Spain’s government on the right track to reform, says the IMF
Spanish authorities have taken strong measures to face the current economic crisis on several fronts, but mounting market pressure on Spain and soaring borrowing costs would have negative consequences for the rest of Europe, the International Monetary Fund (IMF) has warned.
In its annual report on the Spanish economy, the IMF said Spain’s economy has entered an unprecedented double-dip recession with unemployment already very high and public debt increasing rapidly.
Major policy actions have been already taken. Bank’s provisions and capital requirements have been raised, independent valuations commissioned, and a backstop provided with support from Spain’s European partners, the IMF said.
Key policies incorporated to accompany this backstop are identifying individual bank capital needs based on a comprehensive asset quality review and an independent bank-by-bank stress test recapitalizing; restructuring and resolving weak banks; segregating legacy assets of weak banks into an asset management company; burden sharing from hybrid and subordinated-debt holders in banks receiving; strengthening supervision and regulation.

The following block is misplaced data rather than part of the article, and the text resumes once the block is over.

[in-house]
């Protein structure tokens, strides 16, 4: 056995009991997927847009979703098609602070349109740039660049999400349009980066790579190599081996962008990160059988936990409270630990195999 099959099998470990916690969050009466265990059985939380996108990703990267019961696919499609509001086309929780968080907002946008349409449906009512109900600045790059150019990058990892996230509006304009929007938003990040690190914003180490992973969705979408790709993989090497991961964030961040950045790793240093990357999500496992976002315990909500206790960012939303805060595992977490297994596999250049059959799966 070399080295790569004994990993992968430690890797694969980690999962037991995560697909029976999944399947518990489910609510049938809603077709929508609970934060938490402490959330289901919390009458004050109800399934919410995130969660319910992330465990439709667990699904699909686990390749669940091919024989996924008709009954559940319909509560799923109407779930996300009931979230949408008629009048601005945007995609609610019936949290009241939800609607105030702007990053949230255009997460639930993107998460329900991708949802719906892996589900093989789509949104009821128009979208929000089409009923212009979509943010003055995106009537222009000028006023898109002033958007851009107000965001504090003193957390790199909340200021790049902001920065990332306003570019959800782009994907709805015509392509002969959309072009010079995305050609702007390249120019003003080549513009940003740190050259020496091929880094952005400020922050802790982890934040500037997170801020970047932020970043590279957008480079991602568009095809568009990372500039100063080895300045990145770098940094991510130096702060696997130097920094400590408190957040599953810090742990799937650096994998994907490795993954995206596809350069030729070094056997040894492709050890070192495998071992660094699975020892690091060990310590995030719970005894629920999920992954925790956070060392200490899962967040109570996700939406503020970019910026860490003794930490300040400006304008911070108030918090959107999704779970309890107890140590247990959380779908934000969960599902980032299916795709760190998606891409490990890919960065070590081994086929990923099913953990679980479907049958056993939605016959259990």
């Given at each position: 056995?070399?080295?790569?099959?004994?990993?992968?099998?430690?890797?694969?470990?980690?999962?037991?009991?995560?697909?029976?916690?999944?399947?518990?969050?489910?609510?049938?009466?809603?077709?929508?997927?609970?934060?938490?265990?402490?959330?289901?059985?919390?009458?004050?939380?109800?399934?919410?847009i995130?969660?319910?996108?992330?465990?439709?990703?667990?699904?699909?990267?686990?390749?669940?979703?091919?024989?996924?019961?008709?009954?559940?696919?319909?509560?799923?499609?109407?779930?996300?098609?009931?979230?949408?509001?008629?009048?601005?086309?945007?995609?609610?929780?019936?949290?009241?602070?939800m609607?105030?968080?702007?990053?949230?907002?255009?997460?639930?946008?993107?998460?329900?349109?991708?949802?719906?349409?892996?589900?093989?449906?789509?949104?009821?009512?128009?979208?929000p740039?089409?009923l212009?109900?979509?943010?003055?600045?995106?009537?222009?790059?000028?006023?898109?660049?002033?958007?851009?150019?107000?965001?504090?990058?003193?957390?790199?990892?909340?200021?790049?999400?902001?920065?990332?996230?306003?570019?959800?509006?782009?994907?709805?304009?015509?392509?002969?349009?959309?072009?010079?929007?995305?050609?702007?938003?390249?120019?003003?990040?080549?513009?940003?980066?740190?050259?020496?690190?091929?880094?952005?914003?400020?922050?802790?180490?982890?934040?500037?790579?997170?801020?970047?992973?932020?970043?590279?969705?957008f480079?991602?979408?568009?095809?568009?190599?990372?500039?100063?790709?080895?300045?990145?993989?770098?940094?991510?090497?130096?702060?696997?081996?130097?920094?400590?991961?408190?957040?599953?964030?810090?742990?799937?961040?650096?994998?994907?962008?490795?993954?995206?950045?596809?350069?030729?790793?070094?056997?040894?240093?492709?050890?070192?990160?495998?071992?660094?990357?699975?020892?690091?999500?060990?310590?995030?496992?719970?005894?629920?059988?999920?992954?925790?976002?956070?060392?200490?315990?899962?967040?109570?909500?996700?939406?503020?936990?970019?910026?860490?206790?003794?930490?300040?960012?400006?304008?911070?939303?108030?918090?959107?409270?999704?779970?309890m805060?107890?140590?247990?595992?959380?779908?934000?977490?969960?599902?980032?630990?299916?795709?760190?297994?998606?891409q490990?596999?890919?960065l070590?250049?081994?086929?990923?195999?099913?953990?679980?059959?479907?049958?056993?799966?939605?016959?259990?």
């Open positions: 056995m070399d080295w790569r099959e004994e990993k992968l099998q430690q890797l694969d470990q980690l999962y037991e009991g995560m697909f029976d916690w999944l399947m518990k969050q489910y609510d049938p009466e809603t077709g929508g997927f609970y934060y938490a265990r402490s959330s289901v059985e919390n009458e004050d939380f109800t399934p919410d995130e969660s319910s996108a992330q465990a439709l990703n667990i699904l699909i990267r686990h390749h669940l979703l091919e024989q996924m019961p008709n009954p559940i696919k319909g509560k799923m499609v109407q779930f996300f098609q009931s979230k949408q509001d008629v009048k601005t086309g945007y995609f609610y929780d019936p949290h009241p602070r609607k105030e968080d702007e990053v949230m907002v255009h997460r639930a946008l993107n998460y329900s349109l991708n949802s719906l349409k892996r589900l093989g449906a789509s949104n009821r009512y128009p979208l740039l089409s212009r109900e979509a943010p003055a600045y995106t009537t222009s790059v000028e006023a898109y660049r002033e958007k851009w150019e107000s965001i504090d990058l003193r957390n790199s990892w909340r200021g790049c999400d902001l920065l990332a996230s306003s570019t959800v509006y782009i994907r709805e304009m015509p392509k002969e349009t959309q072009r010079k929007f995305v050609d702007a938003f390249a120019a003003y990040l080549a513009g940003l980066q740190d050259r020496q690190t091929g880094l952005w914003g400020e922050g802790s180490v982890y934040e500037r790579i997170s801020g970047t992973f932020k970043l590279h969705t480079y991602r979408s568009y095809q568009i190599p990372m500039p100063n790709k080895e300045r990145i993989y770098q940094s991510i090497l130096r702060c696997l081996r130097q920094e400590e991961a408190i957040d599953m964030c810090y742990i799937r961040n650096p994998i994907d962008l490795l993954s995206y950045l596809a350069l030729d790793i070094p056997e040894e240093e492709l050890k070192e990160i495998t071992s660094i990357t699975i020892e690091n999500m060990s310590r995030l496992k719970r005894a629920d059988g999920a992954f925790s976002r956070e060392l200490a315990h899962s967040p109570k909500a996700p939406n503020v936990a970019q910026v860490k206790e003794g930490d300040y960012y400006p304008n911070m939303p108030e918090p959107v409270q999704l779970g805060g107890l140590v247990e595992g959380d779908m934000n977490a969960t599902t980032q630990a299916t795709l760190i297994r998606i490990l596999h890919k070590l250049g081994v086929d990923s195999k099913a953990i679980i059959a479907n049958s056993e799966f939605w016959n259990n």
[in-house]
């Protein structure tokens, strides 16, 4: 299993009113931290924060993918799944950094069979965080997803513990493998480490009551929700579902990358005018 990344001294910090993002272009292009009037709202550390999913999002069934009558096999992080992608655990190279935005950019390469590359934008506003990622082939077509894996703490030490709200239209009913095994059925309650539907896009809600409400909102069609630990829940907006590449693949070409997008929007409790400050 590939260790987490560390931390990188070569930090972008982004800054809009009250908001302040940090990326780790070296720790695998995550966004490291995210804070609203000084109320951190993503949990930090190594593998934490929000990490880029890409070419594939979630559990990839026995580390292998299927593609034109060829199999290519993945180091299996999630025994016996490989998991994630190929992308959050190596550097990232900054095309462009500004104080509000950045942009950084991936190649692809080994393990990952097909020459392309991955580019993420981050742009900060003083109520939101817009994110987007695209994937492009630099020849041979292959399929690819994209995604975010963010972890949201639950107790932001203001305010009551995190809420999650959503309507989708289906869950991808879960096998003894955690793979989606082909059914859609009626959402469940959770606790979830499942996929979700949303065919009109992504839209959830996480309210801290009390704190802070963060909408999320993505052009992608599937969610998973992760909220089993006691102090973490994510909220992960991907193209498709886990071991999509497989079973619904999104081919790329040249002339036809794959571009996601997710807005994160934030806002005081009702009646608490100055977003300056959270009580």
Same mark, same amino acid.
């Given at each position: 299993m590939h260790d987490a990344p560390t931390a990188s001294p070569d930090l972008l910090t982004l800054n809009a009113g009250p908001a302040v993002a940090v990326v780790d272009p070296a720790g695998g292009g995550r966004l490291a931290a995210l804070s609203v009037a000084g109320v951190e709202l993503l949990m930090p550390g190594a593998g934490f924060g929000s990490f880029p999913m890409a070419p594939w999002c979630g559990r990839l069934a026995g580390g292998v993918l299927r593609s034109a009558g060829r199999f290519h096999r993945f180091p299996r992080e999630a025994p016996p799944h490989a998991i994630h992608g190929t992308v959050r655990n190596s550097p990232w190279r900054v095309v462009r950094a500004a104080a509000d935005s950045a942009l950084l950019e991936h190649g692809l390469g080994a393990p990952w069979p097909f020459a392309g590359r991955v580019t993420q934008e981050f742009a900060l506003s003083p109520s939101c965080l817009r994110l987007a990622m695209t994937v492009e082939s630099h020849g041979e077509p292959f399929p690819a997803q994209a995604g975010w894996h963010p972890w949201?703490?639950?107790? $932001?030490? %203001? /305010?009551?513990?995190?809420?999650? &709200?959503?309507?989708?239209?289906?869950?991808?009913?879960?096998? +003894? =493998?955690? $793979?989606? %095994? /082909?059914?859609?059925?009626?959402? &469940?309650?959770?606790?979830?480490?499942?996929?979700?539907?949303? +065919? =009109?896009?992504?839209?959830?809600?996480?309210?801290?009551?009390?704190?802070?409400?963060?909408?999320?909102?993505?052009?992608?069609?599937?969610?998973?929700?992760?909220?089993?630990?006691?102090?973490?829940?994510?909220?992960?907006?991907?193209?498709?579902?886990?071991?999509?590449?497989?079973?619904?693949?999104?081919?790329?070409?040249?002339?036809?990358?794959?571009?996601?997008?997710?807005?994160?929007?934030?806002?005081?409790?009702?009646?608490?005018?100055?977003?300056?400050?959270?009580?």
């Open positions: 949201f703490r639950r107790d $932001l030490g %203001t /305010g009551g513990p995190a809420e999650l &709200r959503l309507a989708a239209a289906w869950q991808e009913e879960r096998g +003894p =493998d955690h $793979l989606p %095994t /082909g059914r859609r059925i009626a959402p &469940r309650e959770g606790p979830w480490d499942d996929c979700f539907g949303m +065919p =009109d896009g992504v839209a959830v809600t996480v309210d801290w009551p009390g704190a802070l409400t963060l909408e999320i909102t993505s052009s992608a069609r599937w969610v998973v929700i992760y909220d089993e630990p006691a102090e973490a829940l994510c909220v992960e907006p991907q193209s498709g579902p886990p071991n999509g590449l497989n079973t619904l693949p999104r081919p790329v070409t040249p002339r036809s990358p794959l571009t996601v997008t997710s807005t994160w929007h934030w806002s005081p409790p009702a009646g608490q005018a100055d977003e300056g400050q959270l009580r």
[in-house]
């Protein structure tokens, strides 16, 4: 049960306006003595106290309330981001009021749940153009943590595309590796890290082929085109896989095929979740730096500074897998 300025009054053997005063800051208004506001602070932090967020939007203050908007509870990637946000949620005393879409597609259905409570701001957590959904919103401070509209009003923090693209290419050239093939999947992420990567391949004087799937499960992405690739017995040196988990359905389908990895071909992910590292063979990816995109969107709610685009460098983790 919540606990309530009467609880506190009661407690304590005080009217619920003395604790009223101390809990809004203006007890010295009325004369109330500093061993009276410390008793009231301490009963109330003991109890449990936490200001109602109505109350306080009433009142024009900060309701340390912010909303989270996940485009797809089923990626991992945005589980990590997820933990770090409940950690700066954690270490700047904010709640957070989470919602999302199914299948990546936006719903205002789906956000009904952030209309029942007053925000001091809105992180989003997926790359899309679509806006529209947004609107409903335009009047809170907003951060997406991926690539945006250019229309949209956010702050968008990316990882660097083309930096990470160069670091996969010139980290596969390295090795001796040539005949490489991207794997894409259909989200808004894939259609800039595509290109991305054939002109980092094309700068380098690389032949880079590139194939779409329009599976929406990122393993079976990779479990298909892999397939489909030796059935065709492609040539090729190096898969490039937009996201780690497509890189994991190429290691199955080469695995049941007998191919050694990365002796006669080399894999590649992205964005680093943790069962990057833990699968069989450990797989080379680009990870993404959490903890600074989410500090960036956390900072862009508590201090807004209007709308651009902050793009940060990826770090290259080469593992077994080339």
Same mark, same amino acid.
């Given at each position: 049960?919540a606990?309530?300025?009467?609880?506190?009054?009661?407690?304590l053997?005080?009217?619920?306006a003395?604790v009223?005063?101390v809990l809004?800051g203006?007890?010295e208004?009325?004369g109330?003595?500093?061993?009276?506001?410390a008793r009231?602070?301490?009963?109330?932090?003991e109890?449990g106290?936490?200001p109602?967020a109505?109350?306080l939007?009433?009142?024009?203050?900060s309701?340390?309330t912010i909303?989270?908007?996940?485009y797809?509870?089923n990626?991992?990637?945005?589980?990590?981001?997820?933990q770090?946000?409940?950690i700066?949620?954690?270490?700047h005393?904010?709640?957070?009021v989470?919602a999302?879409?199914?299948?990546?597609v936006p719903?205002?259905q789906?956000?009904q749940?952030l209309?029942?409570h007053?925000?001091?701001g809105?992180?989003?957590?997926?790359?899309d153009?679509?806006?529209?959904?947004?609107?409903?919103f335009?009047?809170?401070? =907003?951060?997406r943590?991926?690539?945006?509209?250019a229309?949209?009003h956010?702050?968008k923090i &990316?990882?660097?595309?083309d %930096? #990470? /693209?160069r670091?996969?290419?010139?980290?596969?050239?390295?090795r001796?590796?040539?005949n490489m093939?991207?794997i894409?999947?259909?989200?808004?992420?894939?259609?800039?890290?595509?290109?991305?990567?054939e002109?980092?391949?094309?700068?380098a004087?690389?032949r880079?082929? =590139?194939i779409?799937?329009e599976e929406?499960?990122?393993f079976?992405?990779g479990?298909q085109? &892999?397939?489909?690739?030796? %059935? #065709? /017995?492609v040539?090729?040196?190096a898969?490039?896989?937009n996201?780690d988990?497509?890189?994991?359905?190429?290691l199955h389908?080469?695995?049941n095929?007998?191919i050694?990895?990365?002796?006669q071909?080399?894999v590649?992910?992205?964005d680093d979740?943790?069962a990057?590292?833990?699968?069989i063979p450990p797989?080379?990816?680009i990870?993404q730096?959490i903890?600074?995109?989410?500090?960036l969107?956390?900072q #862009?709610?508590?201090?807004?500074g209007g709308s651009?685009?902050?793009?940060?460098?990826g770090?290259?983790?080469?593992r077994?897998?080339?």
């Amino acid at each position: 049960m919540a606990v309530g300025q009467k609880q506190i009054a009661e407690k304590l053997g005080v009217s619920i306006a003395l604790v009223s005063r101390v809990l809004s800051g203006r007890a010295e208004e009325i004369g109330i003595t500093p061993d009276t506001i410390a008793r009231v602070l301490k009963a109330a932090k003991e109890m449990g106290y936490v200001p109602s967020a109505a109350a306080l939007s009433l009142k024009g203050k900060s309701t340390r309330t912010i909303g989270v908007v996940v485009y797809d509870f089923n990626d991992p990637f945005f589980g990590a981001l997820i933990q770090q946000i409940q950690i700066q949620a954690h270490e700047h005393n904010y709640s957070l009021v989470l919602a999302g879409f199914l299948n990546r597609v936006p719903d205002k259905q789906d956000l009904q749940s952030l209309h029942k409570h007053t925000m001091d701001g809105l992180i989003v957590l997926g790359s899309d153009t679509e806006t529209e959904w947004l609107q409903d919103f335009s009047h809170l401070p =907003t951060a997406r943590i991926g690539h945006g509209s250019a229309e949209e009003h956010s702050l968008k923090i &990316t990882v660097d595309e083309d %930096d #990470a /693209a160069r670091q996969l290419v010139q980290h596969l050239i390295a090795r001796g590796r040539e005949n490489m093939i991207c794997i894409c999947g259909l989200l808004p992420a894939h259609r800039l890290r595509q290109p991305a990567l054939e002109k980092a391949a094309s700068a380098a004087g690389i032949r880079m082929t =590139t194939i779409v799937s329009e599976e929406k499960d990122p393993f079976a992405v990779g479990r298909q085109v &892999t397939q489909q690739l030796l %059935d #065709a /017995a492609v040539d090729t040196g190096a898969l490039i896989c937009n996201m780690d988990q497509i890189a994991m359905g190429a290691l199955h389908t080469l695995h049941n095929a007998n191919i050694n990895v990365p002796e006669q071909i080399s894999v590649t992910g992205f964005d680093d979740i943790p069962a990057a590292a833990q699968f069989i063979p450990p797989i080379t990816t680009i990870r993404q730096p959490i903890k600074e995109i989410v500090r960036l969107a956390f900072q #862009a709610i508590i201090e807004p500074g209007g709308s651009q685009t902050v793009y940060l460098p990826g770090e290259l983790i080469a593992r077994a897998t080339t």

In July, the Council of the European Union recommended until 2014 for Spain to reduce its deficit below 3% of GDP and loosened the targets for 2012-14. In order to achieve the new targets, the government increased VAT and reductions in civil service remuneration and unemployment benefits.
On regional governments, the government initiated the first step in the warning process for several regions at risk of missing targets, monthly reporting from October, and a new funding mechanism, the IMF said.
But the institution underlined the urgency of additional progress to boost competitiveness and employment, despite recent labor market measures taken to reduce market duality and wage rigidity, and increasing firms’ internal flexibility.
Finally, the report said, the success of this strategy in restoring confidence, jobs, and growth depends critically also on progress at the European level in strengthening the currency union.